THE TWO SIDES CONTINUED TO NEGOTIATE, EVEN WHEN IT APPEARED ALONSO WOULD GO TO ANDRETTI

Although it appears this deal was put together quickly, Brown and Schmidt emphasized that was not the case.

“Actually, it’s been in the works for quite some time,” Brown said. “Fernando is quite a thoughtful individual when he takes a decision on what he wants to race. Paris-Dakar, from the moment he decided he was interested in it, he wanted to test, he wanted to get to know the car, he wanted to get to know the team and ultimately made his decision. This is something we’ve been speaking to Alonso about for a while.

“The new recruits, specifically Craig Hampson, we had a good test at COTA. These were things as Fernando made his final decision helped get him over the hump. There was speculation he would go elsewhere with parallel conversations that were going on.”

Schmidt was even more decisive in the team’s negotiations with Alonso.

“It seems like a bit of a whirlwind announcement, but we have been talking since November,” Schmidt said. “We’ve always run a third car at Indy. This will be a very, very well-prepared, thought-out deal. Craig Hampson will be the engineer and will be staffed by full-time, quality personnel.

“There has been some talk about the Grand Prix in a preparatory fashion for the Indy 500, but so far, we don’t have that in consideration.”

ALONSO’S THOUGHTS ON HIS RETURN

In a separate interview with Leigh Diffey of NBC Sports, Alonso admitted he had several teams to consider and McLaren was always in that group.

“We had some conversations,” Alonso said. “I already said last year I wanted to explore more options. I’d been talking with Andretti as well and some other teams. Andretti and McLaren are the ones I feel in my heart are like family. At the end, it was the natural choice to go with McLaren, especially after last year and give the fans something back after the disappointment of last year.

“I think McLaren is one of those teams that are part of motorsports. Being in F1 and IndyCar doing all the races. That shows and proves how McLaren is committed to the sport. The fans will love that commitment.”

Alonso has long dreamed of winning the international “Triple Crown” of motorsports. That includes victories in the Grand Prix of Monaco, the 24 Hours of Le Mans and the Indianapolis 500.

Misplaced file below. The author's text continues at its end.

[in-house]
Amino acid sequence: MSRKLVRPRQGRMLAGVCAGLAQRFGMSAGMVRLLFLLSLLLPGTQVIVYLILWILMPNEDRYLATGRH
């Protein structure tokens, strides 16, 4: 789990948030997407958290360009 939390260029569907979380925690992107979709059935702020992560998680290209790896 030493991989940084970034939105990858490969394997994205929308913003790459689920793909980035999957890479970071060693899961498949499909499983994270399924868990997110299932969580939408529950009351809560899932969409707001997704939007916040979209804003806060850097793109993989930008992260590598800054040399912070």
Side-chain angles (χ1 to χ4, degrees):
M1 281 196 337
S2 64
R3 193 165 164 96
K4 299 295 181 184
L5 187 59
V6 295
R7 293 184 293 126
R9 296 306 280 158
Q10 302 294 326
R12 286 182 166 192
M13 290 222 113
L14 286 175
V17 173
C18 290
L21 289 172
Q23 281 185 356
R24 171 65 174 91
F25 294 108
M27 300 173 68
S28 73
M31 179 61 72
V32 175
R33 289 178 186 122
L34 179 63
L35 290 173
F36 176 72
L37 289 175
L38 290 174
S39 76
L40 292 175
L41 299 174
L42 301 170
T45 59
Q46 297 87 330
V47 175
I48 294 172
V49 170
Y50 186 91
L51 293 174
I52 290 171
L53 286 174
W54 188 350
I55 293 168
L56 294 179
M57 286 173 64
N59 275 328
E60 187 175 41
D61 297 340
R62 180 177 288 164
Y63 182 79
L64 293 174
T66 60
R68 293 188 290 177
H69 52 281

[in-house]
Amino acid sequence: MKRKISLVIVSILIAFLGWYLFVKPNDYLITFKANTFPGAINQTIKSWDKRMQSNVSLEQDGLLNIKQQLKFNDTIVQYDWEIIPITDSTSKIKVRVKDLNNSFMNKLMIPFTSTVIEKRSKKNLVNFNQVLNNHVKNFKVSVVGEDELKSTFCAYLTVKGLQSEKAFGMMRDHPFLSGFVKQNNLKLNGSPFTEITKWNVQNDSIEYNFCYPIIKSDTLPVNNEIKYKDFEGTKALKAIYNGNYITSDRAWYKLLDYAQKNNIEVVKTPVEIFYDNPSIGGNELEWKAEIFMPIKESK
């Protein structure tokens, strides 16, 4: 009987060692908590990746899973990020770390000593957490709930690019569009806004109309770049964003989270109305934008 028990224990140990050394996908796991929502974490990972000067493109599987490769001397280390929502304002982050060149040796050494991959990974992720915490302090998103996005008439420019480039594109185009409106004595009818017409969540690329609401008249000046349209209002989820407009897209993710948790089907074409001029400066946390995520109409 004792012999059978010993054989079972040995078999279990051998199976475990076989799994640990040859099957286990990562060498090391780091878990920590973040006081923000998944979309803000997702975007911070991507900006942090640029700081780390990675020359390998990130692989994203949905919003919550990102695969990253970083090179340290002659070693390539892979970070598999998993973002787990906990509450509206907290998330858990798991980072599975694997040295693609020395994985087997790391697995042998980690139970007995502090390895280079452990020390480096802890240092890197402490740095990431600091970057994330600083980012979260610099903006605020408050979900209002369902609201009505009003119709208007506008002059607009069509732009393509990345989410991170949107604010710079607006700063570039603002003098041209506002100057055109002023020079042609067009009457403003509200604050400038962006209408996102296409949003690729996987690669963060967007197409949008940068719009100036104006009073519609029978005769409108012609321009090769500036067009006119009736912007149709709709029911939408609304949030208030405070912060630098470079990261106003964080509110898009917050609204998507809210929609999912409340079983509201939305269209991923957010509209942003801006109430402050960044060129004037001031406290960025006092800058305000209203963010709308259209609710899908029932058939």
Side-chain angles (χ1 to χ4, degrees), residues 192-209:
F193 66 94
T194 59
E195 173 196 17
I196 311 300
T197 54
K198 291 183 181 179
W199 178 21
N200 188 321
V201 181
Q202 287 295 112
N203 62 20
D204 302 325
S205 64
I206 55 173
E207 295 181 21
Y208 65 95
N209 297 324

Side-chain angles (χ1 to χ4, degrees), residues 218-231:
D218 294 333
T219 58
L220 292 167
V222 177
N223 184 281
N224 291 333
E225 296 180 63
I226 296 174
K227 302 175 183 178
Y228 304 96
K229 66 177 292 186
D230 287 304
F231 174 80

Alonso behind the wheel of the famed Marmon Wasp, the first winning car in the 1911 Indianapolis 500 — INDYCAR Photo

Alonso has already conquered Monaco and Le Mans. Indy remains the final event to master for the driver from Spain.

“The Indy 500 completes the big three races in motorsports, and three completely different disciplines,” Alonso explained. “It makes you quite a complete driver. That’s what I’m looking for in this stage of my career. The Indy 500 is probably the biggest priority for me now.

“Oval racing is unique, but the Indianapolis Motor Speedway even more. It’s a huge place. All the facilities are quite big. The circuit, there are four corners, but all very different. The traffic, the slipstream, the strategy, the tire degradation. The downforce you run differently from practice. The race, you are adjusting downforce. Even if it seems a simple way to drive, over 200 laps, you never repeat the same line or speed in any laps. It’s quite difficult to adjust the minimum settings in the car.”

THE IMPORTANCE OF RUOFF AS THE SPONSOR

The key to completing the deal was allowing mortgage firm Ruoff to join Arrow McLaren SP after agreeing to back Alonso with Andretti.

“Ruoff is a partner of Michael’s, he’s a good friend of mine and a partner in Australia,” Brown explained, referring to the Virgin Australia SuperCar team. “As he was having his conversations with Fernando, Ruoff was looking for something with big impact and exposure. When Michael and Fernando were unable to get their deal together, Ruoff asked Michael if he would mind going where Fernando goes because they know he will draw a tremendous amount of attention and Michael has all of his title deals done. Michael gave his blessing, he cut a deal with Ruoff, and we are excited to have them with us for the month of May.

“Right now, Fernando is going to be laser focused on the Indianapolis 500. I think he would enjoy IndyCar racing, but he is unsure of what he wants to do in 2021. The door is open, but there are no plans or discussions about racing beyond Indy at this point.”

KEEP THE MILK COLD

Alonso said it feels good to be back at Indy; to have another chance to win the Indianapolis 500. Despite last year’s major disappointment, Alonso is ready to recapture the glory he experienced in 2017.

“Definitely once you experience the Indy 500, it’ll remain always in your heart,” Alonso said. “I think the Indy 500 is on top of all the events I’ve ever participated. The atmosphere, the adrenaline, the traditions all the celebrations before the race. Even the milk! It arrives in a fridge Sunday morning and goes to the Pagoda.

“There are things as a driver you understand the importance of the moment and how big that race is worldwide.”

And that is why it is important that drivers such as Alonso compete in the Indianapolis 500. It’s an event that is bigger than the sport itself.

Follow Bruce Martin on Twitter at @BruceMartin_500